The case against privatizing the nation’s air traffic control system

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On every domestic flight, passengers have a window-seat view of the Federal Aviation Administration’s (FAA) work to modernize our aviation infrastructure through a set of technologies and procedures called NextGen.

After a rocky start, the FAA is now delivering on the promise to improve our nation’s air traffic control system. Congress hasn’t made the FAA’s job easy, cutting its budget in 2013 and then shutting down the entire federal government later that year, but the FAA is making progress.

{mosads}Since 2007, NextGen has delivered $2.7 billion in benefits to airlines and other users, and the FAA estimates that NextGen benefits will grow exponentially in the years to come. By 2030, NextGen will deliver an estimated $161 billion in benefits — resulting in lower airfares, enhanced safety and increased capacity.

However, these efforts are in jeopardy. Next week, the House Transportation and Infrastructure Committee will hold a hearing to revive a risky proposal to privatize our nation’s air traffic control system and give effective control of our public airspace to the major airlines and their allies. 

Last year, this legislation died in Congress due to strong, bipartisan opposition in both chambers and an outcry from numerous aviation and consumer stakeholder groups.

Opponents have raised serious concerns about whether privatization would guarantee safety, protect national security, expedite new technology and keep our aviation system solvent. The nonpartisan Government Accountability Office (GAO) has issued several reports that validate these concerns.

Last year, the GAO found that a privatized air traffic control system would be too big to fail, meaning consumers or taxpayers might have to bail out the private corporation if it couldn’t pay the $10 billion-plus that it costs to operate a safe system. 

Another report questioned whether a privatized system could protect national security. Privatization proposals would sever ties between the Department of Defense (DOD) and the FAA, and the DOD has raised “serious concerns” about severing these ties “in the execution of the national defense mission.”

Another GAO report could not guarantee that a private corporation would speed up the FAA’s work to modernize the air traffic control system through NextGen. 

The truth is that privatization would slow NextGen down. According to study by the Mitre Corp., a proper transition could take seven years.

But that doesn’t stop proponents from claiming that the private corporation, whose board will be effectively controlled by the airlines, will speed things up.

U.S. airlines have suffered repeated computer network failures that have delayed or canceled tens of thousands of flights, stranding millions of passengers at airports across the country. If U.S. airlines failed to invest in their own aging computer systems, what guarantees do passengers have that their fees will be invested in the air traffic control system?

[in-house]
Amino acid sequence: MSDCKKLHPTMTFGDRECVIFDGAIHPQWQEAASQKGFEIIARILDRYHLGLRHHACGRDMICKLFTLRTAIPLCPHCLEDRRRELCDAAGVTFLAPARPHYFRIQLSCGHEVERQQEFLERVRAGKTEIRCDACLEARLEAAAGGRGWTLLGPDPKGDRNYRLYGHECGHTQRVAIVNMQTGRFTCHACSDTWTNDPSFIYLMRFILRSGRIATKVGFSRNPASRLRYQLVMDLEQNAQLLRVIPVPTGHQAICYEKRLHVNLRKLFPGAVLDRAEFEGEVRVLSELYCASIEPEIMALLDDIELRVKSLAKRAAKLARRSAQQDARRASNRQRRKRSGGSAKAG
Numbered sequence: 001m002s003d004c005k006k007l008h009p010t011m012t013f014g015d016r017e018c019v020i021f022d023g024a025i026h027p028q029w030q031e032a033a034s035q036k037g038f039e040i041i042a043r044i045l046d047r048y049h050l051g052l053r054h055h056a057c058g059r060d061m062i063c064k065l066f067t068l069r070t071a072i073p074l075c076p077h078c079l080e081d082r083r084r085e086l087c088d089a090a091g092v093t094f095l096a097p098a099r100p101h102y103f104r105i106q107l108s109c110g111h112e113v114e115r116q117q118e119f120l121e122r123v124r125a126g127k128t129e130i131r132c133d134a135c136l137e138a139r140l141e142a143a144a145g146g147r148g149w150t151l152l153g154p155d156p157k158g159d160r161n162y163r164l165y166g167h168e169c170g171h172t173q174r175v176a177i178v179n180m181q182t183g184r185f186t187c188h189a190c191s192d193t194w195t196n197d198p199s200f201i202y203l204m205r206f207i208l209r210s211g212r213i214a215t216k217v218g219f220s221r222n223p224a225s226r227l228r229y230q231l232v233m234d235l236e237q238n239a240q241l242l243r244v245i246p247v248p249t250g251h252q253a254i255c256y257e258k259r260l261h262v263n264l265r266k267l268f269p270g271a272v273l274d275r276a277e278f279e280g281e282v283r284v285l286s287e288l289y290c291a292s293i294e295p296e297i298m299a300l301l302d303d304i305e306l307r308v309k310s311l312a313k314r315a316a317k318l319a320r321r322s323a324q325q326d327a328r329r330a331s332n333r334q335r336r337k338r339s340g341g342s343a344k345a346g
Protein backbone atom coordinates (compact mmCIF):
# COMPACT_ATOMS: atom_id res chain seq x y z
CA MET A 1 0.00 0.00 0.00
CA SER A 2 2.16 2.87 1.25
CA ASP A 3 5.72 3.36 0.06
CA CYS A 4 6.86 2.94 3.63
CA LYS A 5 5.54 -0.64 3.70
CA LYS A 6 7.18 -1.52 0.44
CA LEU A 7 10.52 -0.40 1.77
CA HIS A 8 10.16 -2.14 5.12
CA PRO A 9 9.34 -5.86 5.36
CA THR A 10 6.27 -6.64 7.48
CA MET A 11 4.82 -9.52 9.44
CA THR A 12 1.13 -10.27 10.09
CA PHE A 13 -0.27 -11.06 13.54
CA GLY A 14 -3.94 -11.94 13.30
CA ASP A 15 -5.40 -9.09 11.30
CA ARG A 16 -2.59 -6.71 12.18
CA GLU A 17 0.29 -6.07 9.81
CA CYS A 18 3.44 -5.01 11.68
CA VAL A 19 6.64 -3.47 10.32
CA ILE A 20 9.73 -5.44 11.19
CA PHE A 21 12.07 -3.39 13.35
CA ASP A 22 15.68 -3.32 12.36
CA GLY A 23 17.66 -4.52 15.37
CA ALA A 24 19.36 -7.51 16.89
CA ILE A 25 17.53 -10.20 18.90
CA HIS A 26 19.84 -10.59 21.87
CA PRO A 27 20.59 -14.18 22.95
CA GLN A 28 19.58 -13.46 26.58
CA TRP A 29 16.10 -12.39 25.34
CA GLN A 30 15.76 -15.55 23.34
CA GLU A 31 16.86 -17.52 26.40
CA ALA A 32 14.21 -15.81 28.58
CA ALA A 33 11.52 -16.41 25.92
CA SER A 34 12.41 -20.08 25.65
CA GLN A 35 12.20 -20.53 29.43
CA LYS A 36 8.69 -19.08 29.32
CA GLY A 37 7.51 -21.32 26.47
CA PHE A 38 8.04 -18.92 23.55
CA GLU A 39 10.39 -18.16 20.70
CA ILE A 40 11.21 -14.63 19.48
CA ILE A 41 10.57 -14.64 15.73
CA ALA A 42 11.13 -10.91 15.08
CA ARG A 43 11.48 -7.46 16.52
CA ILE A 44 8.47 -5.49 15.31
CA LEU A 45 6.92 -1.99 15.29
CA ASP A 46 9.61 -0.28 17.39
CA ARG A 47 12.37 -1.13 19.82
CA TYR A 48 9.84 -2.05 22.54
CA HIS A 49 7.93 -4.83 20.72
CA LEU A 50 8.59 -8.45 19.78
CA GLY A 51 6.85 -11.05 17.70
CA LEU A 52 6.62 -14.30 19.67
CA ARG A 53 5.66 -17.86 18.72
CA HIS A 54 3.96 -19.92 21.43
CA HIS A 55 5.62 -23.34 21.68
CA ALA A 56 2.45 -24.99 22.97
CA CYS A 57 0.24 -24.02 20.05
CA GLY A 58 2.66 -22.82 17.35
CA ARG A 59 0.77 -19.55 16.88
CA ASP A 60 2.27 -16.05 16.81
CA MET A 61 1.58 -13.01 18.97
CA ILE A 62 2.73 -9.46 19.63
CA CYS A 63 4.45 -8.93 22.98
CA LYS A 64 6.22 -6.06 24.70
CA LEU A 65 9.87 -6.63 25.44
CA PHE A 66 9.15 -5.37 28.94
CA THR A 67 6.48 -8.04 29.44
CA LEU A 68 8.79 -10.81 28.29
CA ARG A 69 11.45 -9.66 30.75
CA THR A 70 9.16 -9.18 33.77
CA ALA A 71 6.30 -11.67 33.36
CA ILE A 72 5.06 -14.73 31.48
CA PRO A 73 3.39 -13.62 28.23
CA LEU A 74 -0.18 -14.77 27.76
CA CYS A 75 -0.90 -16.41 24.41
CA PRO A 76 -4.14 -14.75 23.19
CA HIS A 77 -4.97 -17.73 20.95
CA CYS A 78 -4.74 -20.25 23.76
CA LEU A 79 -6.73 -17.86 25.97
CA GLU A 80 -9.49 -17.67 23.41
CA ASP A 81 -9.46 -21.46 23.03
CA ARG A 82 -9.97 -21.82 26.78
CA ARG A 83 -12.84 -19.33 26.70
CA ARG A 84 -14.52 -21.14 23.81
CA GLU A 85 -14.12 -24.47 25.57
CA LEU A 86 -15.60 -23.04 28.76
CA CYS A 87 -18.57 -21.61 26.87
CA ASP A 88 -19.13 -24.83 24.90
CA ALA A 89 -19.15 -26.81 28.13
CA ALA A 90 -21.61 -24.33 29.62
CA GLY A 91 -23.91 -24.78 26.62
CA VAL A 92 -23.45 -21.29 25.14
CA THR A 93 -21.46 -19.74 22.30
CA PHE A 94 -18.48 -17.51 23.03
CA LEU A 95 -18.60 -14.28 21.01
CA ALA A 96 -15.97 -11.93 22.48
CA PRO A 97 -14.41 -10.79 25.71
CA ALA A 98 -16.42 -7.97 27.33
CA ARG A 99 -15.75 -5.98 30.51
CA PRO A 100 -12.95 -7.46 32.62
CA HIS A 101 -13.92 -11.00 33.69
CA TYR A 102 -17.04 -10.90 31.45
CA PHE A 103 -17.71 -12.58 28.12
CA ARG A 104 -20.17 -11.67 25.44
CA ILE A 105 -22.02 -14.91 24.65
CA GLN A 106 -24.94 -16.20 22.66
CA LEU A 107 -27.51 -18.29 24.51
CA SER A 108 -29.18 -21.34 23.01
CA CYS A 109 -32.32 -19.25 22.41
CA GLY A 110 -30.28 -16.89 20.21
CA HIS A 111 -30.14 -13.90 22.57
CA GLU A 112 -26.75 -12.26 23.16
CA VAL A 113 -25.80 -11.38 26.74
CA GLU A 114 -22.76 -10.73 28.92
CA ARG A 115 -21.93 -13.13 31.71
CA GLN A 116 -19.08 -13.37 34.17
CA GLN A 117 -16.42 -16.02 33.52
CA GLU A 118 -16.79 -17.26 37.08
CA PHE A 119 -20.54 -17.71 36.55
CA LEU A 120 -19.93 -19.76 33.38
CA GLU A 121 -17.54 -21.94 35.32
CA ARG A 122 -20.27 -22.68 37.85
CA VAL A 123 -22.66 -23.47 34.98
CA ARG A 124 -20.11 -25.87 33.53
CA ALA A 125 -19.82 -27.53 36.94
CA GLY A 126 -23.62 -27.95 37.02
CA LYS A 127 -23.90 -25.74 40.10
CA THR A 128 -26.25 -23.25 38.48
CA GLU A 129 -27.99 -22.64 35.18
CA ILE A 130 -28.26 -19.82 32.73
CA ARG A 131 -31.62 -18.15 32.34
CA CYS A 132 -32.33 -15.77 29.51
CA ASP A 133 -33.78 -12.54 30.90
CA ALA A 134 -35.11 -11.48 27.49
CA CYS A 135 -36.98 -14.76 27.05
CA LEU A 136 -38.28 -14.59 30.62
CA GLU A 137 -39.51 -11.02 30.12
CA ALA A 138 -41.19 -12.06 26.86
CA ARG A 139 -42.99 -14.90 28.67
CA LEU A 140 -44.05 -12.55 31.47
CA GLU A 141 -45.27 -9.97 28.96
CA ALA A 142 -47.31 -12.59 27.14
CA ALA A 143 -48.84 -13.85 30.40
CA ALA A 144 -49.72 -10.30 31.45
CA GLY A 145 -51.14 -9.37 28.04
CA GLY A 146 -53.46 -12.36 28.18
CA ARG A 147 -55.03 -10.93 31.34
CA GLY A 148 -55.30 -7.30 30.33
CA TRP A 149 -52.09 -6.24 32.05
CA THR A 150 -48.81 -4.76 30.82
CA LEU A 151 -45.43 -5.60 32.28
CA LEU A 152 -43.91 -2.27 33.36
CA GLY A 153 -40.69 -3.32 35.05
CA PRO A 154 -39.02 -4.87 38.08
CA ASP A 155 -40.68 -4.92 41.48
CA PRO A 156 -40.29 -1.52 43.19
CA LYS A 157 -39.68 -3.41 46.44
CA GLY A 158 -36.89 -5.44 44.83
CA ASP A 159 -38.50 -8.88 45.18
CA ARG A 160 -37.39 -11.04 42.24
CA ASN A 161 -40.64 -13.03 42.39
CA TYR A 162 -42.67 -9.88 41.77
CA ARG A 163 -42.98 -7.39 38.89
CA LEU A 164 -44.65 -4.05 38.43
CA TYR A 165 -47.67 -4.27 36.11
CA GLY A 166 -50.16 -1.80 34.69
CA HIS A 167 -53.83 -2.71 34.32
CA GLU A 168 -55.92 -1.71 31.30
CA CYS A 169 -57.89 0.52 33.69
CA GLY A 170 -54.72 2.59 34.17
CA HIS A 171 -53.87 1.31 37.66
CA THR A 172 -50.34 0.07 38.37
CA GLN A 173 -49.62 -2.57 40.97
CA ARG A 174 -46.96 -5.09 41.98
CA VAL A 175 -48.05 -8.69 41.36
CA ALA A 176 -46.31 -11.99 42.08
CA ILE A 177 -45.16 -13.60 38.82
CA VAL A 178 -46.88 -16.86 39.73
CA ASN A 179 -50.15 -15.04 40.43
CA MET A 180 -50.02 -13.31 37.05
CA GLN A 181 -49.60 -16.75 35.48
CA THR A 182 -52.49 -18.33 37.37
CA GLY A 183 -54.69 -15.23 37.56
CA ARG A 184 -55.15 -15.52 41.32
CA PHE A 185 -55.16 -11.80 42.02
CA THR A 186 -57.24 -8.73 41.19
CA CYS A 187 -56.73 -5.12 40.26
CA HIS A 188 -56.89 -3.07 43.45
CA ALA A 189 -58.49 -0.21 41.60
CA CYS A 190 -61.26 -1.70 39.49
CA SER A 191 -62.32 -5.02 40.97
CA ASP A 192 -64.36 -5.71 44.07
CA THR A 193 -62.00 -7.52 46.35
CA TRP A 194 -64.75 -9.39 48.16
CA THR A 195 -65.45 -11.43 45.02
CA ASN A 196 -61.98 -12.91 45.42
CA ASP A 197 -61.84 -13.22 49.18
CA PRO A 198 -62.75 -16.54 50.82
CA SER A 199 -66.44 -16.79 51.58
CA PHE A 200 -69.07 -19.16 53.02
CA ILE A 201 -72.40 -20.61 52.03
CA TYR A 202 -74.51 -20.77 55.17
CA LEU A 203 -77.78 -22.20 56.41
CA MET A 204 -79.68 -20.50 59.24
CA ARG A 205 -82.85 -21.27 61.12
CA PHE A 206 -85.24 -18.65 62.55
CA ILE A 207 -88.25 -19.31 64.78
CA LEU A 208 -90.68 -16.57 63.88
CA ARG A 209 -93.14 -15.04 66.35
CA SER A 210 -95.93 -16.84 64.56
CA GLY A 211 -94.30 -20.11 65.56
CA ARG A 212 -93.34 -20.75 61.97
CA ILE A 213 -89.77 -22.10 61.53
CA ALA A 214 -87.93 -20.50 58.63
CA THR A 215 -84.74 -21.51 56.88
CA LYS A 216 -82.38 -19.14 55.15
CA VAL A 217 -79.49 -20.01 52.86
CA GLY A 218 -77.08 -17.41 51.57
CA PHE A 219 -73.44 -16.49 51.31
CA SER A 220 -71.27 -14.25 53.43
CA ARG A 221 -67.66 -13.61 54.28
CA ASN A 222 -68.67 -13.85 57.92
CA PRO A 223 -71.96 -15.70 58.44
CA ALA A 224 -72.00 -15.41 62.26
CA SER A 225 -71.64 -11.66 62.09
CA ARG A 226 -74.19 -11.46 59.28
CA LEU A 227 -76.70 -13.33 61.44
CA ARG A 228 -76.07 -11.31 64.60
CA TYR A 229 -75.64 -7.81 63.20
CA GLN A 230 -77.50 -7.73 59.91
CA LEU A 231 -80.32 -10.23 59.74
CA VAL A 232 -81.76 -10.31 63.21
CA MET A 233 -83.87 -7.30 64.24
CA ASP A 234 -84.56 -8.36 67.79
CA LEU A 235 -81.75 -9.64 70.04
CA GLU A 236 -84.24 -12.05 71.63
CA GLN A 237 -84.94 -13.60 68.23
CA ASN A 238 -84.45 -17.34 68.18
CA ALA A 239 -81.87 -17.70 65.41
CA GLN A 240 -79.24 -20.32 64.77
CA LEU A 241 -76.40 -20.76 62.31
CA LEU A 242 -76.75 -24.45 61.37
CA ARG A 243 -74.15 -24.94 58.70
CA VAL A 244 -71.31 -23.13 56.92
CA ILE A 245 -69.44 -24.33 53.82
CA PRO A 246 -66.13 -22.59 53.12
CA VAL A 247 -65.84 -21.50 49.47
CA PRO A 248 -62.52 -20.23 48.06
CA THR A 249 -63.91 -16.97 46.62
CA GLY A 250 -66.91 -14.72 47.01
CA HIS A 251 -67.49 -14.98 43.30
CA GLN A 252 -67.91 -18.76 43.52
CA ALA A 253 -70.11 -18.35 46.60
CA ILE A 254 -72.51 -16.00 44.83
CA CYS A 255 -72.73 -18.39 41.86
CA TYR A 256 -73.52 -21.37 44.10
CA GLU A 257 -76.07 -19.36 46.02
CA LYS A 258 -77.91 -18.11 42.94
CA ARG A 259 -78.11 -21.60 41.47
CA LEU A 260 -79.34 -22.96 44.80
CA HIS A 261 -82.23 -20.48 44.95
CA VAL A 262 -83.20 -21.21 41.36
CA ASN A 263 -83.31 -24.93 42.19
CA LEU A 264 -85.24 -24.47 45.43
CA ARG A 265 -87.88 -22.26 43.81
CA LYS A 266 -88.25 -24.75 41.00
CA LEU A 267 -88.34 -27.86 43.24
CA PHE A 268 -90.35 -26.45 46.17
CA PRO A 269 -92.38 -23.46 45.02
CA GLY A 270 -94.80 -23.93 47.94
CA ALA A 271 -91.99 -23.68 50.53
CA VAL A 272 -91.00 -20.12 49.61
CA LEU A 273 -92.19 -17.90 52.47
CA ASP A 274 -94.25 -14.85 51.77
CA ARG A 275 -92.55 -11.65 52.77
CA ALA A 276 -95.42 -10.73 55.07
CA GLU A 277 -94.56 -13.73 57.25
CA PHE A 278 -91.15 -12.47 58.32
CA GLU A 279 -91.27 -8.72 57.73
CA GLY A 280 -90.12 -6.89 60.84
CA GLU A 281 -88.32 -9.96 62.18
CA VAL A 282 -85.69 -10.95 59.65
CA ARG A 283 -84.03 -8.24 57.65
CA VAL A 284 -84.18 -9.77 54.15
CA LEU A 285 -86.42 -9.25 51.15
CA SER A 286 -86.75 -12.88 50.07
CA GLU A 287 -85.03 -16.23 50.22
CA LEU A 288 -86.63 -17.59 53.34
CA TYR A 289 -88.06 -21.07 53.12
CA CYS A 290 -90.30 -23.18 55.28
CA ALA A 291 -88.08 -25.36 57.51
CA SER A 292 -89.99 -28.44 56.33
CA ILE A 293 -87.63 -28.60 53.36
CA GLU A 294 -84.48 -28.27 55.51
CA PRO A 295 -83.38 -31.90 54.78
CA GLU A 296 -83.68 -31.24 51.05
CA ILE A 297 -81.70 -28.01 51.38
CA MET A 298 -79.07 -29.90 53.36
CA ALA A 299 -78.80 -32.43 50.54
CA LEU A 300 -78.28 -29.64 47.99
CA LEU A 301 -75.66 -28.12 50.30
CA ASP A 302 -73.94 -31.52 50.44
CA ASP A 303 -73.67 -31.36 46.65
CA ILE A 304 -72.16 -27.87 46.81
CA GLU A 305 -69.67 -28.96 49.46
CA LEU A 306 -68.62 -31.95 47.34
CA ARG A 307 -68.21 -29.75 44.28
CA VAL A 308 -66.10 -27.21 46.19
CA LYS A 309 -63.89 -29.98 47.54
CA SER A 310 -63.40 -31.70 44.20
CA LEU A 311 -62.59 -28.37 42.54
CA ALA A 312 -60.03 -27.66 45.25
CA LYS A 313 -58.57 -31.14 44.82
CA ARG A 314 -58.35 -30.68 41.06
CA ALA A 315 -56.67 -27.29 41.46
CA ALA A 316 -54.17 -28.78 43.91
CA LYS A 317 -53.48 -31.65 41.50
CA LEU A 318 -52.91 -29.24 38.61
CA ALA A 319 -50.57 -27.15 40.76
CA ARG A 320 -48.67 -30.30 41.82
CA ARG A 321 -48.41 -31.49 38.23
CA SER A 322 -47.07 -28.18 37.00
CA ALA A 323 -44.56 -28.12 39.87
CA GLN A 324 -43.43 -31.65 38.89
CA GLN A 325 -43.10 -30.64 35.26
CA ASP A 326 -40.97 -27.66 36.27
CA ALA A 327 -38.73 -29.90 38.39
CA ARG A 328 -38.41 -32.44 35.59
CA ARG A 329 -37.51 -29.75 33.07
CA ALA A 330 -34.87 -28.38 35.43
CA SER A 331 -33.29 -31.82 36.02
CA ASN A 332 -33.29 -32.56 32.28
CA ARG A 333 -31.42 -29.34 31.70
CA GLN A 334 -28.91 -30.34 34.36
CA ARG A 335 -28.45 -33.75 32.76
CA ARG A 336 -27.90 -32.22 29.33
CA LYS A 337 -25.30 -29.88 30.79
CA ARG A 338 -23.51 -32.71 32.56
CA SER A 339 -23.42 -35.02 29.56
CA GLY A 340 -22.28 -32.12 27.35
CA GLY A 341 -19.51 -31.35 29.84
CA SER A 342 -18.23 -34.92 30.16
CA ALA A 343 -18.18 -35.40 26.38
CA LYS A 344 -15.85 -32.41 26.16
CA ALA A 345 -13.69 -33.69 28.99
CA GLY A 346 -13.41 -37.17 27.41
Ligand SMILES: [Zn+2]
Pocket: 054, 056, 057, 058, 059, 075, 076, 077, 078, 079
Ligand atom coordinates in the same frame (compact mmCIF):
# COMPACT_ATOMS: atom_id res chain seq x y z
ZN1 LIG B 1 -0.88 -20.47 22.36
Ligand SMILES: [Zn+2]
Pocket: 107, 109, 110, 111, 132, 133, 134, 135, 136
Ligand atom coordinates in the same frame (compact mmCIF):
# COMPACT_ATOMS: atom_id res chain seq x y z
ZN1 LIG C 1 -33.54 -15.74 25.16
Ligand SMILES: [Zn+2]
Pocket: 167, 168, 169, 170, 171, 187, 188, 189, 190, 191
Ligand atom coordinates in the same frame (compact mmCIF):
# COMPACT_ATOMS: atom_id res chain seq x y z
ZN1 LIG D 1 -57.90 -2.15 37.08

This private, airline-dominated air traffic control corporation would have the power to set passenger user fees to pay for the system, to set flight routes with competitors, to determine which airports they will invest in, and to control ultimately who will have access to the system. Last year’s bill also would have even given away billions of dollars’ worth of taxpayer-funded assets to a private corporation free of charge.

Privatization proponents brush off these concerns and argue that our air traffic control system has suffered under years of congressional mismanagement. 

On that point, we could not agree more: shutdowns and sequestration have made it impossible for the FAA to plan and make the major long-term investments it needs to implement new technology. 

However, privatization would tear apart the FAA and jeopardize aviation safety by leaving its remaining critical safety oversight and certification functions reliant on general fund appropriations and vulnerable to future budget cuts, sequestration and government shutdowns.

If we truly want to fix the real problems facing the FAA today, the solution is simple: Congress can and should pass targeted reforms. These targeted measures could ensure that investments in our aviation system are not subject to congressional dysfunction, and they could streamline the acquisition of NextGen technology, equipment certification and air traffic control management to improve the system.

The U.S. aviation system is the busiest and most complex in the world. It is also the safest. Privatizing our air traffic control system would present myriad risks. 

Targeted air traffic control reforms can achieve our common objectives and maintain our nation’s unparalleled aviation safety record. 

DeFazio is ranking member of the House Transportation and Infrastructure Committee, and Larsen is ranking member of the Subcommittee on Aviation.

The views expressed by this author are their own and are not the views of The Hill.

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